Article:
What is... | May 23, 2017

What is the control premium?

Staying in control can feel great. But there can be a price to pay.

Many people prefer to do things themselves, rather than delegate tasks to others. However, this desire for control might cost more than you think. Have you ever refused someone’s help when they offer to do something for you? Yes, you have.

The most likely reason for turning down assistance is simply that you want to do the job yourself. Perhaps you might argue that this means getting the task done the way you want – with no interference, and a better chance of a good result. Among behavioural economists, this tendency is known as the control premium.

The control premium can be described as a desire for feelings of control over tasks and events that could potentially affect our lives. The phenomenon has been well documented by psychologists. And the consequences of a natural desire to feel in control can be far-reaching – and even affect our finances.

Losing control
Researchers have been investigating the human need to feel in control for decades. Studies suggest the explanation is in fact rather simple: people who think they are in control are mentally healthier than those who do not feel this way.

When we feel that our grip on events is weak, emotions of self-doubt, insecurity and depression can emerge. This even increases our desire to get and keep control in a bid to boost our feelings of wellbeing.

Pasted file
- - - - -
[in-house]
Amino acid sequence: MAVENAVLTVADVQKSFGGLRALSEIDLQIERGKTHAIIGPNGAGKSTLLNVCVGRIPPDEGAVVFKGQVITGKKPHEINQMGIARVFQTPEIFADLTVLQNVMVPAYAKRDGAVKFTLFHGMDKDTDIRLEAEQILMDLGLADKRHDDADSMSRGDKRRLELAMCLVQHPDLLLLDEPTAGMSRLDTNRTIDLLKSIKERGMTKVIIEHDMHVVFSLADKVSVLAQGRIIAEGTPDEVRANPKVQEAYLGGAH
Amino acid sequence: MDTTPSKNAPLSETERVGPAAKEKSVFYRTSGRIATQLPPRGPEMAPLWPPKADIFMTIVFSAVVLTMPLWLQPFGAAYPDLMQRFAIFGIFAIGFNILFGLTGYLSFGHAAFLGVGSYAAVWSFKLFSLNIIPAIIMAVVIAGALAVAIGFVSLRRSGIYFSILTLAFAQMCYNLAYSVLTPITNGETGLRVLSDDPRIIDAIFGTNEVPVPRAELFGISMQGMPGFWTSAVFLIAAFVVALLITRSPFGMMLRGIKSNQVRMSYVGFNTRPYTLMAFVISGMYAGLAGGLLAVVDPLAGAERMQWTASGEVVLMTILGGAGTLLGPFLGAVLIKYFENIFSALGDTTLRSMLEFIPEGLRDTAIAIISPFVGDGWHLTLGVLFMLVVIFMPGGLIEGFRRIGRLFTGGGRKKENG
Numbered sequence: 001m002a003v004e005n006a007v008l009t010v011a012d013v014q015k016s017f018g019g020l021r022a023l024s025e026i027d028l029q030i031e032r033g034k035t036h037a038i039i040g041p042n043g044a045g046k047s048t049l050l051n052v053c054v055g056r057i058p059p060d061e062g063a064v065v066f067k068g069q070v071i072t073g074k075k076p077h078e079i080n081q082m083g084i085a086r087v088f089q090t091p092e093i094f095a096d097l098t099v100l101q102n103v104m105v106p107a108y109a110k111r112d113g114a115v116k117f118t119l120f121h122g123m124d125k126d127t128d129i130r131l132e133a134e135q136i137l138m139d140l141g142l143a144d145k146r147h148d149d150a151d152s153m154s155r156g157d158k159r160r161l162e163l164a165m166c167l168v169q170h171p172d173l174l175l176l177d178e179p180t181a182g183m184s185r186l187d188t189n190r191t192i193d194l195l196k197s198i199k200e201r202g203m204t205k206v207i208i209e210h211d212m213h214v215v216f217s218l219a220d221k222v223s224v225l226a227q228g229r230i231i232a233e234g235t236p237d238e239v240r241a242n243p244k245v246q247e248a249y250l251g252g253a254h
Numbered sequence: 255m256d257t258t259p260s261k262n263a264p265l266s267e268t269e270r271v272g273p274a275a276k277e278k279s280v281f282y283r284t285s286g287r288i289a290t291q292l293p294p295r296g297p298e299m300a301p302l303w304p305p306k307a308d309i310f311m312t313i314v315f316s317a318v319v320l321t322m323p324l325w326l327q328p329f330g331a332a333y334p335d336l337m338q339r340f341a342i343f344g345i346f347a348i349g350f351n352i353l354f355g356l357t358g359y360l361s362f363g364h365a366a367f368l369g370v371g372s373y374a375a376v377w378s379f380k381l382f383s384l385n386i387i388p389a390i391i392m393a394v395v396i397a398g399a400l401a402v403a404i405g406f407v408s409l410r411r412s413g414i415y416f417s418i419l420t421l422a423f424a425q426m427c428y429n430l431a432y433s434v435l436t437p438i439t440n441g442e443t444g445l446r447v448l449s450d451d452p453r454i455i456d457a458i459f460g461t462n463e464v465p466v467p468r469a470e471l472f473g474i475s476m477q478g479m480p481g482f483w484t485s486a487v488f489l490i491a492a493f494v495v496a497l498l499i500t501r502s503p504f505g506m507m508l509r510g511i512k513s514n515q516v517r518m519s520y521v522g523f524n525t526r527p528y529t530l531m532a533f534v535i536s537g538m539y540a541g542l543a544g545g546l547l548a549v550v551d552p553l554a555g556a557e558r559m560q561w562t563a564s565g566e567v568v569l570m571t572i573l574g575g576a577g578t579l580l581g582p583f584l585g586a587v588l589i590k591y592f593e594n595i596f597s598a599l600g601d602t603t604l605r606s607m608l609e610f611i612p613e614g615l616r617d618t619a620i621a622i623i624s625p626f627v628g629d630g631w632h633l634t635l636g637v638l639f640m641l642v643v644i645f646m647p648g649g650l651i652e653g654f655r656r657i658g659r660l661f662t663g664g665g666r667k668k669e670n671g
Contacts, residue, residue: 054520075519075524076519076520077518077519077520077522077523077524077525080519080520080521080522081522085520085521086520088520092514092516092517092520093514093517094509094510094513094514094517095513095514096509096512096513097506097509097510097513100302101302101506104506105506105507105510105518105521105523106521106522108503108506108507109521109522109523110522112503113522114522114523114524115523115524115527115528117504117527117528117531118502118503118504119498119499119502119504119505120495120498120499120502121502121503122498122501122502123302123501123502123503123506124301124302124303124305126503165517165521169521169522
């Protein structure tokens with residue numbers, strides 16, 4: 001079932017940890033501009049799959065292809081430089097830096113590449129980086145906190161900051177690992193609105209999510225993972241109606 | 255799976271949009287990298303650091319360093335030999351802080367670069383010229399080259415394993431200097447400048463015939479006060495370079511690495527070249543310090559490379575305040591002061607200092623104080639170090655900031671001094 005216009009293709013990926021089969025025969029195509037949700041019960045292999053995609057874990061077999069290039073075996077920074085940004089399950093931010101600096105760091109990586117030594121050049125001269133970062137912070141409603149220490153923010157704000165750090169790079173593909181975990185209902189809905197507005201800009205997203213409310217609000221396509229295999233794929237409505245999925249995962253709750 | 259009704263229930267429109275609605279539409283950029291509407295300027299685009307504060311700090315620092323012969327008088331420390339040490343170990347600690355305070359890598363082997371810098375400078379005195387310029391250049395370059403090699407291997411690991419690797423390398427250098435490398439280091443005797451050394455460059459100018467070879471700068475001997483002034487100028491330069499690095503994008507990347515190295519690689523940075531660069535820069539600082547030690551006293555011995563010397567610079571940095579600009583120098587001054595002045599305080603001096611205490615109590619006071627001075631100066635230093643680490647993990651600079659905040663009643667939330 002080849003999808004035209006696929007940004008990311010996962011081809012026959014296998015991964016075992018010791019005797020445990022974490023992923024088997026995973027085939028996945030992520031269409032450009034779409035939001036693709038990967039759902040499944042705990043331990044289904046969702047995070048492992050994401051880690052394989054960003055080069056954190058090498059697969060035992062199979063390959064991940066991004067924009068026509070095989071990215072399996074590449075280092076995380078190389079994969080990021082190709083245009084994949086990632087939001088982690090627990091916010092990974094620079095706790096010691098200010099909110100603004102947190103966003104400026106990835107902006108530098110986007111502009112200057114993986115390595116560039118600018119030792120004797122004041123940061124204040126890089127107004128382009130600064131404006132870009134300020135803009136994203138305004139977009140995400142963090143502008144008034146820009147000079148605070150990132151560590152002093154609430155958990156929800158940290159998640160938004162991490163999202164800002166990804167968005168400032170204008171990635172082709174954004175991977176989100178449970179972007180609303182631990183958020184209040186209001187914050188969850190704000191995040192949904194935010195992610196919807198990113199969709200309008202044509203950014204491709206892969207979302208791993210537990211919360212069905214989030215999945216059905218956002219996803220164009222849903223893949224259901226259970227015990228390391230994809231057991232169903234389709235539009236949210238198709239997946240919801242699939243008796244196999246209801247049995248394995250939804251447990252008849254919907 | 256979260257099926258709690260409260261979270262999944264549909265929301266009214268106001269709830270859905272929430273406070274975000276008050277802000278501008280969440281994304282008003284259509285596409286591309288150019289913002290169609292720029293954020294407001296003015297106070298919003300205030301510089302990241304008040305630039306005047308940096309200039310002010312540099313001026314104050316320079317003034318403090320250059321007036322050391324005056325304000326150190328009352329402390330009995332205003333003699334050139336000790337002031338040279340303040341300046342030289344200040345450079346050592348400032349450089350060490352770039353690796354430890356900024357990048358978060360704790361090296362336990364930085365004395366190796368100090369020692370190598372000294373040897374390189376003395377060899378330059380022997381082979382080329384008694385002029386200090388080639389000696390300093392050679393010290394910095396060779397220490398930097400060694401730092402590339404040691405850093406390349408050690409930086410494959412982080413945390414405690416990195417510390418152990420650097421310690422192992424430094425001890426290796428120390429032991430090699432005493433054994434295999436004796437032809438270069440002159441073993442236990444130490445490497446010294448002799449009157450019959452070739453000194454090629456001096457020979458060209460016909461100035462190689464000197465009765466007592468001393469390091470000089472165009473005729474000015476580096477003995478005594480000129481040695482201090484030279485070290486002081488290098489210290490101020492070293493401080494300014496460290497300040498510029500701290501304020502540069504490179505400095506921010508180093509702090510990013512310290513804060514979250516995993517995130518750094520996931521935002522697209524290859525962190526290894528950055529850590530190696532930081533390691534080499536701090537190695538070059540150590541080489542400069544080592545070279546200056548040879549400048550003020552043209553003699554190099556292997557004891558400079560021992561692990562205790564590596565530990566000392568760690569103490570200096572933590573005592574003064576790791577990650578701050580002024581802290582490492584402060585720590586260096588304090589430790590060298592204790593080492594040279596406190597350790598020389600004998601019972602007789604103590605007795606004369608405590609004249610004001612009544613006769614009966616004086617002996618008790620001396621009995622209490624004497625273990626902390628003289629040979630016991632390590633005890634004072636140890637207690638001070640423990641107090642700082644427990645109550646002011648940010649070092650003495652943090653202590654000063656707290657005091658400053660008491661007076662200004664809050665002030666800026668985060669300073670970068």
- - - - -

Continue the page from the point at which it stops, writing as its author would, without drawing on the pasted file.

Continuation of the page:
How we pay
A 2014 American Economics Journal article details an experiment by David Owens, Zachary Grossman and Ryan Fackler where people had to choose to bet on whether they themselves or a (randomly chosen) partner would get a question right. If participants wanted to make the most money, they would bet on themselves 56% of the time.

But the people in the experiment actually chose to bet on themselves 65% of the time. The average difference was eight percent – reflecting a “premium” on keeping control themselves.

For some, the difference was as high as 15%. This suggests that people can want to stay in control of a situation so badly that they end up taking bigger risks than they realise – which can ultimately cost them money.

Do or delegate
Paying a 15% premium on expected asset earnings to maintain control, or a perception of it, seems like a bad deal. But it is more common than you might think. To have control means to make your own decisions.

Many of us prefer to make their own decisions about all sorts of finance-related areas – from investing, to saving and spending, and on our pensions. This may not seem that dangerous in itself. However, when combined with overconfidence, it can be.

To be overconfident means you believe you know more or are more able than others, without objective knowledge on which to base this conclusion. The all-too-common result is that people refuse to delegate their choices to professionals – even though the professional person typically has extensive training and specialised knowledge.

When to let go
Wanting control is natural and hard to ignore. But you can reduce the effect of the control premium. Try asking yourself why you feel you need control over a specific task, and whether the reason is a good one.

Most importantly, ask yourself whether you are really the best person in the world to handle it. If you truly believe you are best suited for the job in question – fantastic, stay in control. But when in doubt, consider delegating to someone who you believe has the skills to do an even better job than you would yourself.


eZonomics team
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